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Question about user accounts

I've been working on setting up individual users for my family on my computer and I was wondering if it was possible to create indidvidual startup preferences for each account. i.e. to be able to have quicktime load as a startup item on one account and not on another. Don't know if you can through msconfig or not. Thanks in advance for any help.

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In reply to: Question about user accounts

Windows is an operating system that is designed with a single user in mind, with some multi-user features added on later. Usually in a quick and dirty sort of way to make some large client happy.

So, you don't have very fine grained control over these sorts of things. A lot of settings are shared among all users, and that includes some programs like QuickTime, that will load before any user even logs in. You could disable it using msconfig and then add it to individual user's startup folders, but this would quickly become a nuisance if you need to do it with more than 2-3 programs for more than 2-3 users.

The ultimate result is that there is no good way to manage these sorts of things. It's a result of the very design of Windows, so until that changes, you're stuck. If I were you, I wouldn't waste my time trying to fight these things. You might want to limit the number of them, but don't waste your time fighting a losing battle.

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Any user specific...

In reply to: Question about user accounts

application should be in that user's account.

for instance if you do not want QuickTime available for all users you can either move it from the All Users account into only the spicific user account(s) you want it in or you can control its use with User Rights and Permissions.

When Windows boots (all versions of Windows NT which have always been designed as multi-user systems) it loads a default configuration right up to the point that a specific user logs on. At that point it loads that user's profile. (vastly simplified)

This link might assist you in better understanding how you, as an administrator, can configure and control user settings, profiles, and policies. (the specific item you want, although all would be benificial, is the link for Module 7 which is a PDF file you can download).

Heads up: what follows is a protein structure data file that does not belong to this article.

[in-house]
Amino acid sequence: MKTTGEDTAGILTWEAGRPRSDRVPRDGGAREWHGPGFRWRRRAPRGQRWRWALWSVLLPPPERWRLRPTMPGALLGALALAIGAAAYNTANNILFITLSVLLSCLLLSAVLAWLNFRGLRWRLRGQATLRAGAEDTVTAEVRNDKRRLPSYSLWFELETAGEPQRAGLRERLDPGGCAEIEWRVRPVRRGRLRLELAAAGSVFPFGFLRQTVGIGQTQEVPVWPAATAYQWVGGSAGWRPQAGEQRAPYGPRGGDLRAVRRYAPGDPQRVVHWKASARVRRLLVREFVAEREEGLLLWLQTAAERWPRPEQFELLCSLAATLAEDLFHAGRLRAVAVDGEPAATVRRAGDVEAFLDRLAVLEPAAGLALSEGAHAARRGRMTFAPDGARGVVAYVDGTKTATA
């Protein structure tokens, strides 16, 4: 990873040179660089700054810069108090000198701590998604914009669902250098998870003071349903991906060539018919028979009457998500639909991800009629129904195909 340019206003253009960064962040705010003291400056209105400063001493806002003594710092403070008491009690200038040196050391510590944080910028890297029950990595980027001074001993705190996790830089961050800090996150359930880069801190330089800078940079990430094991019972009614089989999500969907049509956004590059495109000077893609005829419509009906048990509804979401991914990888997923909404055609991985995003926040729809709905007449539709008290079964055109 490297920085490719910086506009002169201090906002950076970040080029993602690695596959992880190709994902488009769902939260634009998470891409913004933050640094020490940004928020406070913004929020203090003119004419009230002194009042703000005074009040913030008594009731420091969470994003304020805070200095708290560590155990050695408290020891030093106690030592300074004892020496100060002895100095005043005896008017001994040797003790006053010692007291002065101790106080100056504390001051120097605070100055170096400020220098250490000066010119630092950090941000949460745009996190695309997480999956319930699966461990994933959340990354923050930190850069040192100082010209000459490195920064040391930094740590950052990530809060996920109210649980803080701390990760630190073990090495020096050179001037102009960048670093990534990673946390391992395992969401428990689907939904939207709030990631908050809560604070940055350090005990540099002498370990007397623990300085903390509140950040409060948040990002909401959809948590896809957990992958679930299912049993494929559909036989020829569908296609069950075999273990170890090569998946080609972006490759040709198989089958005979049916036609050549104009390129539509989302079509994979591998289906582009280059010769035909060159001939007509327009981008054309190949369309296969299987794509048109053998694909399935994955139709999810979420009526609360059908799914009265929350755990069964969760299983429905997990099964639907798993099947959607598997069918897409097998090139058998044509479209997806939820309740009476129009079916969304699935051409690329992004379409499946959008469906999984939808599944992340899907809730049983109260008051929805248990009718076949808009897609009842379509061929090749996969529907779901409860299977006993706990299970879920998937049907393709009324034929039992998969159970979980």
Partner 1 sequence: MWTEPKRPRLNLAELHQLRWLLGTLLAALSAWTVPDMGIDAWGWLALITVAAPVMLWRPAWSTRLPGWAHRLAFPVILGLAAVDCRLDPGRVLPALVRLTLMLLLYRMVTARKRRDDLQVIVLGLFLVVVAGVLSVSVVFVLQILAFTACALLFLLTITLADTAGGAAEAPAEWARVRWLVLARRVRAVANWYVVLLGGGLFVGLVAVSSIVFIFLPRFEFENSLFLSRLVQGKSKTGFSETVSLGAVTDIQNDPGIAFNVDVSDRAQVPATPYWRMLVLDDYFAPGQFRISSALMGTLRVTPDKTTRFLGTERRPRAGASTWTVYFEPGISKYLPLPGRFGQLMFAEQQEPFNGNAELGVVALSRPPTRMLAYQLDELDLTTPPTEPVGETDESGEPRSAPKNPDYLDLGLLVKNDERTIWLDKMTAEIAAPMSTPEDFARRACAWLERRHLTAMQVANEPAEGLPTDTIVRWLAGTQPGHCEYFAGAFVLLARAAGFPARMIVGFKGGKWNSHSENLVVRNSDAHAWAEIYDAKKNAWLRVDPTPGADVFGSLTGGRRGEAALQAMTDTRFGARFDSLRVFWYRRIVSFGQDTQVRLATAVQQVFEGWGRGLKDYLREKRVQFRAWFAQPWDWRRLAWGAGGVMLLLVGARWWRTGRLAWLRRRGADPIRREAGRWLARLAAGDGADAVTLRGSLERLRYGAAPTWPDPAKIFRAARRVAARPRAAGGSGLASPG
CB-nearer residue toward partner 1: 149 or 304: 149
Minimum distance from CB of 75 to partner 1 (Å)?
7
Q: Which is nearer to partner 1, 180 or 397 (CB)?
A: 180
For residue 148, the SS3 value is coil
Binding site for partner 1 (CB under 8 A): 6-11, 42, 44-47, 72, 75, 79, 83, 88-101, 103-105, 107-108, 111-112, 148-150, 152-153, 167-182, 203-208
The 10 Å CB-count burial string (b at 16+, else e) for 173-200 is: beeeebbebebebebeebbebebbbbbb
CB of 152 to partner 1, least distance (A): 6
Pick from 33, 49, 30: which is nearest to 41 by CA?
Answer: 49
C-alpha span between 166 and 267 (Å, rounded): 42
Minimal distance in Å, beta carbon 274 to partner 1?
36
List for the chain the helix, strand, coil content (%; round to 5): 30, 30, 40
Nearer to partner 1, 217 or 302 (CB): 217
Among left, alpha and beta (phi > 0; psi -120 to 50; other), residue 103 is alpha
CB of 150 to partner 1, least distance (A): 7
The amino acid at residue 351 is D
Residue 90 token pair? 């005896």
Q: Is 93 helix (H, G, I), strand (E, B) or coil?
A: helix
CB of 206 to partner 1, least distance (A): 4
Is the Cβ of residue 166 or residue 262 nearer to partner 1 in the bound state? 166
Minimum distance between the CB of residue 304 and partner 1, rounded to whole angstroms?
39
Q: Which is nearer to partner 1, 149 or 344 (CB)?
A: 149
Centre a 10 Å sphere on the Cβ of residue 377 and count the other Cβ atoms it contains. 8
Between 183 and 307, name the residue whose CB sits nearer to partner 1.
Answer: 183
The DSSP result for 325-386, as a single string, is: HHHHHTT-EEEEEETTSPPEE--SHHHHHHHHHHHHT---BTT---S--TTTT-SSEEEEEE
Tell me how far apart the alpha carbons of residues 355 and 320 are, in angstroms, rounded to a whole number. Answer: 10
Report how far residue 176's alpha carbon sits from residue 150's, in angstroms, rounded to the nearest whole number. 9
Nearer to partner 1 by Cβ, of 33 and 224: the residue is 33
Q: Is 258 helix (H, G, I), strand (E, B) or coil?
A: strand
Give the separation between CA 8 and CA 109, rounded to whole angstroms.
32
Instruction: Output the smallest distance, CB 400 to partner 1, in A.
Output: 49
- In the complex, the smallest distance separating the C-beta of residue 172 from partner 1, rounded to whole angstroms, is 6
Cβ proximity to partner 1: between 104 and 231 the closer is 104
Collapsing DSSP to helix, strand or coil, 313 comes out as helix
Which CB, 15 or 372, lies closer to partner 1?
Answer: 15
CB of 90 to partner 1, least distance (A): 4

Anyone who thinks multiple users is a "new" or recent addition to Windows is more familiar with Win 9x than NT which is what XP is based on.

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You can't do it through MSCONFIG

In reply to: Question about user accounts

MSCONFIG affects all users - most start-up programs do. I just tried it myself, and those are results at which I arrived. Limited options are available, however, for example you can select which folders to share with other users, and you can select special privliges (i.e. admin, guest) when setting up an account. Otherwise, individual start-up prefrences don't seem possible. Of course, you can always ask Microsoft via their website. They have very good
e-mail support.

Hope this helps

- Nick

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Other options?

In reply to: Question about user accounts

All of the ideas already given are good, and Ed's link to the MSCS Training guide is one I hadn't seen before, and is very good.

But isn't there a better and easier way?

I just wonder that setting up each individual user account with their own particular software loading at startup may not be the right way to go. I have always been in favour of reducing startup times, and I keep my startup programs to a minimum. For instance, I don't allow media players like Real Player, Quicktime, WinAmp etc to load at startup. If want to use them, I have an icon on my Desktop I can click, (double click if your Desktop is not activated as a web page).

Similarly with Instant Messengers. I have ICQ and Trillium but I don't allow them to load on startup. In fact, I don't have their icons on my Desktop now as I use them rarely, so I have relegated their shortcut icons to the Start Menu > All Programs list.

Would this not be a better way to organise your individual user accounts? Don't load everything at startup, but let the users decide when they want to use the programs by placing shortcut icons onto their Desktops or in their All Programs list.

Another thing I do. I have organised my All Programs list into folders. For instance I have Games, Sight&Sound, (for Quicktime, WinAmp etc), Office, (for Microsoft Word, Excel, etc), Utilities, (for anti-virus, anti-spyware, etc), and others.

Just a thought.


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My solution

In reply to: Other options?

What I ended up doing was deleting the reg key for any program that I didn't want starting up for all users (I deleted the reg key just so I could keep msconfig on normal startup) Then I put shortcuts in the Startup files of those users that needed the programs. So, essentially I did what mike_omally suggested.
In my case, it was a fairly easy task as I was only dealing with three users in all. Thanks for all the suggestions though.

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